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In the U.S., thousands of people are prescribed opioid pain medications every year. With very few alternatives available, it remains the standard way of alleviating chronic pain. However, opioid use is associated with a wide range of possible adverse effects, with over 15,000 deaths caused by overdose annually. Among other ways to make pain subside is acupuncture. But does it compare to opioids in terms of effectiveness?
Acupuncture has been a bone of contention for many decades. Its advocates, predominantly those working in the East, claim the practice is grounded in scientific evidence and stems from an ancient belief that you can affect qi, or life energy, which circulates in the body, by inserting needles into particular spots. Even if the qi-aspect is left out, researchers tend to disagree, as results of dozens of reviews and clinical trials proved to be inconsistent, with little evidence supporting its efficacy.
However, more recent research suggests there can still be ways to use acupuncture in medicine – the list of applications with proved effectiveness is not as impressive as it is in the East, but the practice can be part of pain management.
Is there evidence suggesting that acupuncture can be used as a substitute for morphine?
Yes. In 2016, a team of scientists at the University of Monastir (Tunisia) reported that acupuncture can be even more effective at acute pain management in emergency department patient s. According to them, acupuncture proved to be effective in 92% of patients, whereas in the morphine group the success rate was only 78%. Besides, acupuncture resulted in faster relief (16 minutes, compared to 28 minutes on average in the morphine group), and was well-tolerated, i.e. led to fewer adverse effects with no major ones. Two years down the line, the same group carried out another study and found that acupuncture can have a deeper and faster analgesic effect in patients with acute renal colic.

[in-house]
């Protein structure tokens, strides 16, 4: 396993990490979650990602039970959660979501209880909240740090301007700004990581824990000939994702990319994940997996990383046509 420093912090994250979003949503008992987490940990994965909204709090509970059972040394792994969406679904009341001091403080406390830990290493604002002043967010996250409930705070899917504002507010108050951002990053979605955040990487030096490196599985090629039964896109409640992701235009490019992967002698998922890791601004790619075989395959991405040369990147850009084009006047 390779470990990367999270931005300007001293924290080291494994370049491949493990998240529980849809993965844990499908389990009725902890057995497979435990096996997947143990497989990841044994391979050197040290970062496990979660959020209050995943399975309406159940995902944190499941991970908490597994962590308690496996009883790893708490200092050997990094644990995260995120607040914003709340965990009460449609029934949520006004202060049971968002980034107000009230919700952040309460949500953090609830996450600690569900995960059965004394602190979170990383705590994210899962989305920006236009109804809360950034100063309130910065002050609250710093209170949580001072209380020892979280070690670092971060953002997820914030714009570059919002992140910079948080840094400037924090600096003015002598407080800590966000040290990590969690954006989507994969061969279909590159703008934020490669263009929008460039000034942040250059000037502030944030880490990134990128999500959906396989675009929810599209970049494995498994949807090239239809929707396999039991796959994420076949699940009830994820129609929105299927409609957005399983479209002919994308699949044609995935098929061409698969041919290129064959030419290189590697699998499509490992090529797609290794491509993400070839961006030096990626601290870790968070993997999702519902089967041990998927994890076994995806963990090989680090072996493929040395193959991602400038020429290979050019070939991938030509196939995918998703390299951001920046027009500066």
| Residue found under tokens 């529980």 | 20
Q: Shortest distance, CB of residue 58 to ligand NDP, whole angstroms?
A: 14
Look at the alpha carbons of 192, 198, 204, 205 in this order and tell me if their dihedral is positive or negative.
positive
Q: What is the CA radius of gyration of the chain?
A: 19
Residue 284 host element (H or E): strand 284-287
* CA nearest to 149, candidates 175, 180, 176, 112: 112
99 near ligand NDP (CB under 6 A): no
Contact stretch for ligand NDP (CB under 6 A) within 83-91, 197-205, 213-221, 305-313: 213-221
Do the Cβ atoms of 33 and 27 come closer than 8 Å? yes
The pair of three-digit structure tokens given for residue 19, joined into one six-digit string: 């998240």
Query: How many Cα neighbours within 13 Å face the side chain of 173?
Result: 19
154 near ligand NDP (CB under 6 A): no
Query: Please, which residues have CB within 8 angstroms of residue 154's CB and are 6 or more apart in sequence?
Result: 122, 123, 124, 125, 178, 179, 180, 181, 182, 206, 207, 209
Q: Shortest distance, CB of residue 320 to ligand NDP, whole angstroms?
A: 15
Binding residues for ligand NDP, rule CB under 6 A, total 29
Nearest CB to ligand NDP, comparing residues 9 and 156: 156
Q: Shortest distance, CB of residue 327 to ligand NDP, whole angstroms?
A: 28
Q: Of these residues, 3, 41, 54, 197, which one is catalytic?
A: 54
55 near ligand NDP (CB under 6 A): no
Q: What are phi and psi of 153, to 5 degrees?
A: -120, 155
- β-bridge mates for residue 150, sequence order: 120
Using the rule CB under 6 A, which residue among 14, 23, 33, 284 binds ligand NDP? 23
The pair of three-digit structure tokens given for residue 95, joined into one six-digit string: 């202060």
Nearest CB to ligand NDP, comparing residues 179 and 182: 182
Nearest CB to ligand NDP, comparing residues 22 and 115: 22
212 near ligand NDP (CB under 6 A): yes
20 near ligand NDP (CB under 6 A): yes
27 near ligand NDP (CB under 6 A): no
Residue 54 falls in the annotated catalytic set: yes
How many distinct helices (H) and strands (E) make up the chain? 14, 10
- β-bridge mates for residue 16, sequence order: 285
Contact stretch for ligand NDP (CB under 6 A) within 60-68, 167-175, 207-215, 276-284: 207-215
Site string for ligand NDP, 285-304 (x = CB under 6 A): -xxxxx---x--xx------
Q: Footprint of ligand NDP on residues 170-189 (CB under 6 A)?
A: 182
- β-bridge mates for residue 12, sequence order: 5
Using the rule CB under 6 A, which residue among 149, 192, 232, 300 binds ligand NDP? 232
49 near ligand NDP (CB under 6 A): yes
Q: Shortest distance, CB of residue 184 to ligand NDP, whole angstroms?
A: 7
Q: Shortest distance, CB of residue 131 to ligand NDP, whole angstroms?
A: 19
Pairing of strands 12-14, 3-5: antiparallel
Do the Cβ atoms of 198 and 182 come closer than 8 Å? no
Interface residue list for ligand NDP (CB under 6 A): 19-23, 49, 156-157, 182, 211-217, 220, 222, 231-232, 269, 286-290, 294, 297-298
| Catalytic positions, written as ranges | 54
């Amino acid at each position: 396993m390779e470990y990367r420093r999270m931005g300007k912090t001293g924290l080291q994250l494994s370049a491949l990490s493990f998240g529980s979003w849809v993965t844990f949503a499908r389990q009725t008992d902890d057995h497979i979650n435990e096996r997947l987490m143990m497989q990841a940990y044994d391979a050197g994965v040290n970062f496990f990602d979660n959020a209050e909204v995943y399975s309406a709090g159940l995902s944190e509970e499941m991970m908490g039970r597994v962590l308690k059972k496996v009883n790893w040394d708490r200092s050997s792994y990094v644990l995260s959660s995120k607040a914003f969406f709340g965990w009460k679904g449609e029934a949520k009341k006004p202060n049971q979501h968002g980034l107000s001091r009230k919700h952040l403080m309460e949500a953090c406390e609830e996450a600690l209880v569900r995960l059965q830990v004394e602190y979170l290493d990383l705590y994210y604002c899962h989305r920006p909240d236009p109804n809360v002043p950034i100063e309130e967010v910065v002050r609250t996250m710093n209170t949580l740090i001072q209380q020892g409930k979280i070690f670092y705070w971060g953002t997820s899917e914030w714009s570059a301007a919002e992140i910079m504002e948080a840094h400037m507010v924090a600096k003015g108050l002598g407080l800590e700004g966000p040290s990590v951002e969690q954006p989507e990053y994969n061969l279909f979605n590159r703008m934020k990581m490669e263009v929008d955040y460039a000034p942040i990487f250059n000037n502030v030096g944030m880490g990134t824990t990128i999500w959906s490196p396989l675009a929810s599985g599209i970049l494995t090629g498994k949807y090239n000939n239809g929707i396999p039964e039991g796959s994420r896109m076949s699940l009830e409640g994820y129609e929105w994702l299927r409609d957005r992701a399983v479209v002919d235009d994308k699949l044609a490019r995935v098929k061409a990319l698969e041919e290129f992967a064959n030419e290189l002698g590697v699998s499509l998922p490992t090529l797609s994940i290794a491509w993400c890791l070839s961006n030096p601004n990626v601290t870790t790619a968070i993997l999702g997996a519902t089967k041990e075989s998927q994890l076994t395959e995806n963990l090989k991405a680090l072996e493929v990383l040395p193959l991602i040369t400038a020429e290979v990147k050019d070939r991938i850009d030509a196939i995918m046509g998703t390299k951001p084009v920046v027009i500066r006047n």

Still, is there anything else beyond the research conducted by one group?
In 2012, a systematic review covering a wide range of studies showed that acupuncture can be used as a treatment for chronic pain, as it appears to be more effective than ‘sham’ (placebo) acupuncture. However, the difference between the effects acupuncture and placebo have – although it is statistically significant – is not great enough to suggest that no other factors come into play.
If so, can it be used for all kinds of pain?
In 2017, an international team of researchers reported that acupuncture can be used as treatment not only for chronic pain management, but also in neonatal intensive care units and other settings.
Not likely. The studies listed above and other clinical trials showed that acupuncture can help manage chronic headaches, lower back pain, post-operative pain, pain associated with osteoarthritis, and, perhaps, nausea. As to sciatica, labor pain, and plantar heel pain, there is not enough evidence to recommend it as an alternative (yet).
As evidenced by major research organizations, acupuncture can be used for pain relief due to its relative effectiveness and safety. Still, it may not work for some patients, so the placebo effect cannot be ruled out completely.
If you decide it is time to try acupuncture, make sure the person who will insert needles is experienced. It is recommended to choose those acupuncturists who are certified by the National Certification Commission for Acupuncture and Oriental Medicine.
Acupuncture for Chronic Pain: Individual Patient Data Meta-analysis – jamanetwork.com
Acupuncture’s Role in Solving the Opioid Epidemic: Evidence, Cost-Effectiveness, and Care Availability for Acupuncture as a Primary, Non-Pharmacologic Method for Pain Relief and Management–White Paper 2017 – sciencedirect.com
Relieving pain with acupuncture – health.harvard.edu